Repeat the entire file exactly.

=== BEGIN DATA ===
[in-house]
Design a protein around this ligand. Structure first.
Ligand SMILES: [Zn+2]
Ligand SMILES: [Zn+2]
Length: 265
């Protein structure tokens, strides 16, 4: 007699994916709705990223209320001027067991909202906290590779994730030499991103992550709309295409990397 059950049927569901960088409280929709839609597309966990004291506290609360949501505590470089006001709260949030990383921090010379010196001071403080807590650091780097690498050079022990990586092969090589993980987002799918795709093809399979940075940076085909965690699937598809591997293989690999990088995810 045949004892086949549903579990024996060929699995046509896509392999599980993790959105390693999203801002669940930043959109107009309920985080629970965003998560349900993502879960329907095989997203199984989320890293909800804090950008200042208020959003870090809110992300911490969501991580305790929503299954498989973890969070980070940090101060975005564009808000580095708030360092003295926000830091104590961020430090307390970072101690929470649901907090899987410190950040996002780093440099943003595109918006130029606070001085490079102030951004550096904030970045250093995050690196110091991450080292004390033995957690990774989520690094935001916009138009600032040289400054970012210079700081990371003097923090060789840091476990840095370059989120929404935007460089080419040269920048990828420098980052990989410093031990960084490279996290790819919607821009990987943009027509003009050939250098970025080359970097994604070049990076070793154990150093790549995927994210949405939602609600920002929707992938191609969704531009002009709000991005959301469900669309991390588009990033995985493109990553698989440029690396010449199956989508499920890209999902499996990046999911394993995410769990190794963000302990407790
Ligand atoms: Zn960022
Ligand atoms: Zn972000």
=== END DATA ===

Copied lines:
[in-house]
Design a protein around this ligand. Structure first.
Ligand SMILES: [Zn+2]
Ligand SMILES: [Zn+2]
Length: 265
């Protein structure tokens, strides 16, 4: 007699994916709705990223209320001027067991909202906290590779994730030499991103992550709309295409990397 059950049927569901960088409280929709839609597309966990004291506290609360949501505590470089006001709260949030990383921090010379010196001071403080807590650091780097690498050079022990990586092969090589993980987002799918795709093809399979940075940076085909965690699937598809591997293989690999990088995810 045949004892086949549903579990024996060929699995046509896509392999599980993790959105390693999203801002669940930043959109107009309920985080629970965003998560349900993502879960329907095989997203199984989320890293909800804090950008200042208020959003870090809110992300911490969501991580305790929503299954498989973890969070980070940090101060975005564009808000580095708030360092003295926000830091104590961020430090307390970072101690929470649901907090899987410190950040996002780093440099943003595109918006130029606070001085490079102030951004550096904030970045250093995050690196110091991450080292004390033995957690990774989520690094935001916009138009600032040289400054970012210079700081990371003097923090060789840091476990840095370059989120929404935007460089080419040269920048990828420098980052990989410093031990960084490279996290790819919607821009990987943009027509003009050939250098970025080359970097994604070049990076070793154990150093790549995927994210949405939602609600920002929707992938191609969704531009002009709000991005959301469900669309991390588009990033995985493109990553698989440029690396010449199956989508499920890209999902499996990046999911394993995410769990190794963000302990407790
Ligand atoms: Zn960022
Ligand atoms: Zn972000």